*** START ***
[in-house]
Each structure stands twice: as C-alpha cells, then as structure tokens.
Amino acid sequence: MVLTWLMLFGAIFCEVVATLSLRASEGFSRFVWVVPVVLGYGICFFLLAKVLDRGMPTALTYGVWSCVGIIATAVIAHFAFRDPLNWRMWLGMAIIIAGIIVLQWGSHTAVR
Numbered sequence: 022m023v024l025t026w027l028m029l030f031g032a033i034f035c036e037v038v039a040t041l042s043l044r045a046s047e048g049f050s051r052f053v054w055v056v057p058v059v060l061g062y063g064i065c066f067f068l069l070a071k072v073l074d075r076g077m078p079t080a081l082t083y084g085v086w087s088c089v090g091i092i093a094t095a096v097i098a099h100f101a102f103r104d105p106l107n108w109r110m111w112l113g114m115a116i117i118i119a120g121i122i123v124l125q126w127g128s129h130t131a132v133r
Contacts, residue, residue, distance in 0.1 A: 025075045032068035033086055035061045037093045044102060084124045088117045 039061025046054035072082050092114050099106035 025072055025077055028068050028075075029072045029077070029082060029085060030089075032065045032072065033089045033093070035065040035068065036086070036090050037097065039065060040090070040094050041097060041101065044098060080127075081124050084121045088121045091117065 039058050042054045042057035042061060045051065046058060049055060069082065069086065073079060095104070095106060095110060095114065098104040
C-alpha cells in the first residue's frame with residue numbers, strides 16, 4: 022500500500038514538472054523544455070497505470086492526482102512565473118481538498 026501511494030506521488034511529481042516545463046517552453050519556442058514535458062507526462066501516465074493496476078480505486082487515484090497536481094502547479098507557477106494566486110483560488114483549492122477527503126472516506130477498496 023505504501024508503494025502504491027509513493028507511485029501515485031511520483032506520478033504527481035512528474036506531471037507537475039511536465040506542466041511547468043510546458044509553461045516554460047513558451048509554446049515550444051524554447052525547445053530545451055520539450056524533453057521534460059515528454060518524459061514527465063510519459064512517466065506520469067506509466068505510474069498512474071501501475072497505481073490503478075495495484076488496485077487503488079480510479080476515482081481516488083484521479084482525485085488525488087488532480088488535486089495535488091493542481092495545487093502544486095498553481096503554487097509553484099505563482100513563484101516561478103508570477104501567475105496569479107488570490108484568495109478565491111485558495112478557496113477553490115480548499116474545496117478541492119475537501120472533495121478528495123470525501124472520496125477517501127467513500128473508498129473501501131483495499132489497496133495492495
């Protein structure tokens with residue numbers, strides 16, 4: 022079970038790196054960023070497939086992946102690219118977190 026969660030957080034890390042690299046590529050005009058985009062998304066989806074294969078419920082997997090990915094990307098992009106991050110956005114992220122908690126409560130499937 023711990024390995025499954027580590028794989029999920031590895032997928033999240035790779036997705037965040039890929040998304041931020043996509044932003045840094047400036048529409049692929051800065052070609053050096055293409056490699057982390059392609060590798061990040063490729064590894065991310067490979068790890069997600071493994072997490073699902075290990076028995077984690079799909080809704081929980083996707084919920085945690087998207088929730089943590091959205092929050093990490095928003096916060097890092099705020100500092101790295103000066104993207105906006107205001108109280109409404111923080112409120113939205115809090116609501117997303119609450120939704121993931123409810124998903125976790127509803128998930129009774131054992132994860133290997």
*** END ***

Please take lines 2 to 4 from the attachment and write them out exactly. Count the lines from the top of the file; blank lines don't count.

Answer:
Each structure stands twice: as C-alpha cells, then as structure tokens.
Amino acid sequence: MVLTWLMLFGAIFCEVVATLSLRASEGFSRFVWVVPVVLGYGICFFLLAKVLDRGMPTALTYGVWSCVGIIATAVIAHFAFRDPLNWRMWLGMAIIIAGIIVLQWGSHTAVR
Numbered sequence: 022m023v024l025t026w027l028m029l030f031g032a033i034f035c036e037v038v039a040t041l042s043l044r045a046s047e048g049f050s051r052f053v054w055v056v057p058v059v060l061g062y063g064i065c066f067f068l069l070a071k072v073l074d075r076g077m078p079t080a081l082t083y084g085v086w087s088c089v090g091i092i093a094t095a096v097i098a099h100f101a102f103r104d105p106l107n108w109r110m111w112l113g114m115a116i117i118i119a120g121i122i123v124l125q126w127g128s129h130t131a132v133r